The silver photo shop on Avenue des Gobelins is about to close.An auction is organized on September 16th to dispatch its unusual stock.
Vintage camera mounds
The improbable and discreet Ali Baba Cave, where Mr.Dinh Hanh Vu has crammed mounds of vintage cameras, lenses and spare parts between two floors for 41 years, is about to close its doors.
The stock will be auctioned on September 16th.It is Jean-Pierre Teucquam, auctioneer, usually officiating in Drouot, who will hold the hammer, on the spot, avenue des Gobelins.”If I make $10 to $15,000, I’ll be happy! “he says.Two other sales have already taken place, generating a revenue of “around 30 000$” and attracting mainly amateurs, collectors and nostalgic for silver.
“We never went digital.”
On Thursday, Minh Nguyot Vu, 68 years old, his wife, sitting on his little folding chair, in the middle of his deserted junk shop, summed up: “We never went digital! And there was never a computer or a phone! ».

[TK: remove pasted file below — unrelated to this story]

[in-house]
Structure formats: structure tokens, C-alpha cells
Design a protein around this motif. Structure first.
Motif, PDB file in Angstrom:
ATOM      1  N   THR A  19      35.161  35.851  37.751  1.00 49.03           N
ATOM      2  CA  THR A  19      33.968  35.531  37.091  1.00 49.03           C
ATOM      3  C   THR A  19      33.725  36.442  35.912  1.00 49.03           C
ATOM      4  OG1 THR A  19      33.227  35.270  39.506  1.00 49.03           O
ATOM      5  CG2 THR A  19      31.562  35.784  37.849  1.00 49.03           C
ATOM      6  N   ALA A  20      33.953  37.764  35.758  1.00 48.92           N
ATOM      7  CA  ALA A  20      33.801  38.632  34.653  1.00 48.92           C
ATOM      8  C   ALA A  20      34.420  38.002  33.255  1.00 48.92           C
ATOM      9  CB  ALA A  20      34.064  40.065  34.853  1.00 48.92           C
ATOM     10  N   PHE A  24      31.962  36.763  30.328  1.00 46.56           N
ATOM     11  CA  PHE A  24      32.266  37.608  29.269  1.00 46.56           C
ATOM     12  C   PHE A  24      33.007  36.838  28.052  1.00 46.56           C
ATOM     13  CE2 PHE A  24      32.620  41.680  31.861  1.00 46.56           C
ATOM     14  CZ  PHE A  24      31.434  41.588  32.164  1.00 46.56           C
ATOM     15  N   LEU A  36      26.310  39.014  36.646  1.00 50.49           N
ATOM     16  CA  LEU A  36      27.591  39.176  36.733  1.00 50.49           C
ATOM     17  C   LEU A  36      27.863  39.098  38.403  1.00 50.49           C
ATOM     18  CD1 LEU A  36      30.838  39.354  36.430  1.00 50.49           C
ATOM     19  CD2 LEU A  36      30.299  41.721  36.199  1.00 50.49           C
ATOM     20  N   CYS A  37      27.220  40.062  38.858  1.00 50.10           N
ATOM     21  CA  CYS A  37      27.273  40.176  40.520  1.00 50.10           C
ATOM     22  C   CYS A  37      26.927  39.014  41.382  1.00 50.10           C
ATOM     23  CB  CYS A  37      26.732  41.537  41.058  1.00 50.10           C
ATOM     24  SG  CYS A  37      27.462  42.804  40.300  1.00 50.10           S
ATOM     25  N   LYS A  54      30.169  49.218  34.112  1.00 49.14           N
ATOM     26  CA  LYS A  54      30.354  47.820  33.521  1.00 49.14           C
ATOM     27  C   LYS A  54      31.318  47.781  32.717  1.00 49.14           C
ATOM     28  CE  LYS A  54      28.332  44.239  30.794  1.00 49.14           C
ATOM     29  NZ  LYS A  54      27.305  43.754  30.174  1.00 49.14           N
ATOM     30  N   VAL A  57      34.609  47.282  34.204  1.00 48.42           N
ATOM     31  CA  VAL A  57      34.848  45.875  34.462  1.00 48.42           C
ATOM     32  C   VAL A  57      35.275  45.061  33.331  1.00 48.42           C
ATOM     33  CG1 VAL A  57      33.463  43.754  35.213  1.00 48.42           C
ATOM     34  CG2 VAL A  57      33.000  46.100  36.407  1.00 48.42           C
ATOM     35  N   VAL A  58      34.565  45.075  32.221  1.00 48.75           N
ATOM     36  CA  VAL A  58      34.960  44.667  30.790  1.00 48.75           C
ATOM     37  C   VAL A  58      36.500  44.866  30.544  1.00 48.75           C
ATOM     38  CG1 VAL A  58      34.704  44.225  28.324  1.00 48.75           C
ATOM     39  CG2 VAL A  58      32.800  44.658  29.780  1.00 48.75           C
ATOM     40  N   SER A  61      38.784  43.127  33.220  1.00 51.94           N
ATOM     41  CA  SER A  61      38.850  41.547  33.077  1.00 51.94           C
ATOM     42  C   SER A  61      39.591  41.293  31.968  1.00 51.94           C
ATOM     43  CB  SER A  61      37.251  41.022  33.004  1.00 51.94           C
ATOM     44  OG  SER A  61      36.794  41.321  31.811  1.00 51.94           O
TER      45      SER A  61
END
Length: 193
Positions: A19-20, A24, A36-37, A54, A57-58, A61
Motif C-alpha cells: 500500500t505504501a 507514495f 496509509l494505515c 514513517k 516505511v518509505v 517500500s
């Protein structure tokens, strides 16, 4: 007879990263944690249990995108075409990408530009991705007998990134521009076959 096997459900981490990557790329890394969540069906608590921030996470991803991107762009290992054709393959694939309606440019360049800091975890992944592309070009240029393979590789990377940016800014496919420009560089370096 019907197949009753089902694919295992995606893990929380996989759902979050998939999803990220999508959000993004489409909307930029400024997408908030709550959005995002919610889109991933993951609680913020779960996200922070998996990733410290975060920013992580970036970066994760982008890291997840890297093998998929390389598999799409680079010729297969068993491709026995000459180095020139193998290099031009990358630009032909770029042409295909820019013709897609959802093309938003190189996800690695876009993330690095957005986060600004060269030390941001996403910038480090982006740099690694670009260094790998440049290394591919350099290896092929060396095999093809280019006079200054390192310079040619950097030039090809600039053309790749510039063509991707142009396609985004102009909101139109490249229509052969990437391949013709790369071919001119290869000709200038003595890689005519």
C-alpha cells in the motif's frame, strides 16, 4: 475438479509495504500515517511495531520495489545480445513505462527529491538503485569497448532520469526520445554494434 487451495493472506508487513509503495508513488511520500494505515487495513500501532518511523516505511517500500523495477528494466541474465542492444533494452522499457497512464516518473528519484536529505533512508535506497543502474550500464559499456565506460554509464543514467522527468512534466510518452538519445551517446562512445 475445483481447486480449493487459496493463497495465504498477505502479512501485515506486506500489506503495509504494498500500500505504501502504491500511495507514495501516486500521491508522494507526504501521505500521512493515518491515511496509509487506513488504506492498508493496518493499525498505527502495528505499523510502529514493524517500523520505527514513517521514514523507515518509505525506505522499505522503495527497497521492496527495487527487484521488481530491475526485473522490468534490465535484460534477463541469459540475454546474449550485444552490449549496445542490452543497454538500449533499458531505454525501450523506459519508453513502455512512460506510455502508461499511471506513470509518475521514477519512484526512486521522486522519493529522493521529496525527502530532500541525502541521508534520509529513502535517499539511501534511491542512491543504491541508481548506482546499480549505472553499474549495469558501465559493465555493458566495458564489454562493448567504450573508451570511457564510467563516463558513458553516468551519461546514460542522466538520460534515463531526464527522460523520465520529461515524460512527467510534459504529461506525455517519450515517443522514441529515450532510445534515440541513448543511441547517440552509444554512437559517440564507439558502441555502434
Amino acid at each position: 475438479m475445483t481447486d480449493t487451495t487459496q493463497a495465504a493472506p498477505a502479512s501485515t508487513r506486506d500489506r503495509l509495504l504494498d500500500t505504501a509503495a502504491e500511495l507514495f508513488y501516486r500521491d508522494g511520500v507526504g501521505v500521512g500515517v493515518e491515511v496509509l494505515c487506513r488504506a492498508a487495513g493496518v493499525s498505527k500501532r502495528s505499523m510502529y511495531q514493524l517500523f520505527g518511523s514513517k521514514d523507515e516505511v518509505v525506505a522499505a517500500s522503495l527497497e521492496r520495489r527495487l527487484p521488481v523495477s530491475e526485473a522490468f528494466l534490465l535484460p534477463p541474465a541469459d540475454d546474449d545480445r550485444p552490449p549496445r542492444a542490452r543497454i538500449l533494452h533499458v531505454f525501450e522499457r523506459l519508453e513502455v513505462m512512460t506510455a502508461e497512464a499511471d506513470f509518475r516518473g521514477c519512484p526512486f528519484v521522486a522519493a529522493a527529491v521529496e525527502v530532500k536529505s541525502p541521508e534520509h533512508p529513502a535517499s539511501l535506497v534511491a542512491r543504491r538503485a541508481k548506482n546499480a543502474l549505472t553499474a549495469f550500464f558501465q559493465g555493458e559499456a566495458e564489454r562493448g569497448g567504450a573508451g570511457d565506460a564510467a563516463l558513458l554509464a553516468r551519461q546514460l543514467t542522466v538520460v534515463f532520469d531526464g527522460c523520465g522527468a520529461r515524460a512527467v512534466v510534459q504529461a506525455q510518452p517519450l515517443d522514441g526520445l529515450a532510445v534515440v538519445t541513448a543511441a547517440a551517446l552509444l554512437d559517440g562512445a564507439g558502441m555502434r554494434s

Philippe, the bookseller, remembers well this “old man, a marabout from the film industry” and his shop, “a gold mine, a brothel without a name.He had stuff he couldn’t find.”
The business, for sale
Philippe and Mr.Dinh Hanh Vu shared the same bank on Avenue des Gobelins.”I passed him there.As soon as he had sold, he would come out of his store, lock the door and run to deposit his cheque.He didn’t sell much,” smiles Jean-Pierre Teucquam, “He went to flea markets, bought compulsively, put his cameras and lenses in plastic bags and piled them up.
After the Photo-Ciné auction, Minh Nguyot returned, not without a “twinge of regret”, the keys to the room she was renting.Right now, she’s selling her business.”I have several keys.”
The almost septuagenarian, who arrived from Vietnam in the 1950s, will then live a peaceful retirement between the XIIIth district to which she is attached and the XIIth where she lives, in Nation, near her daughter and her two grandchildren.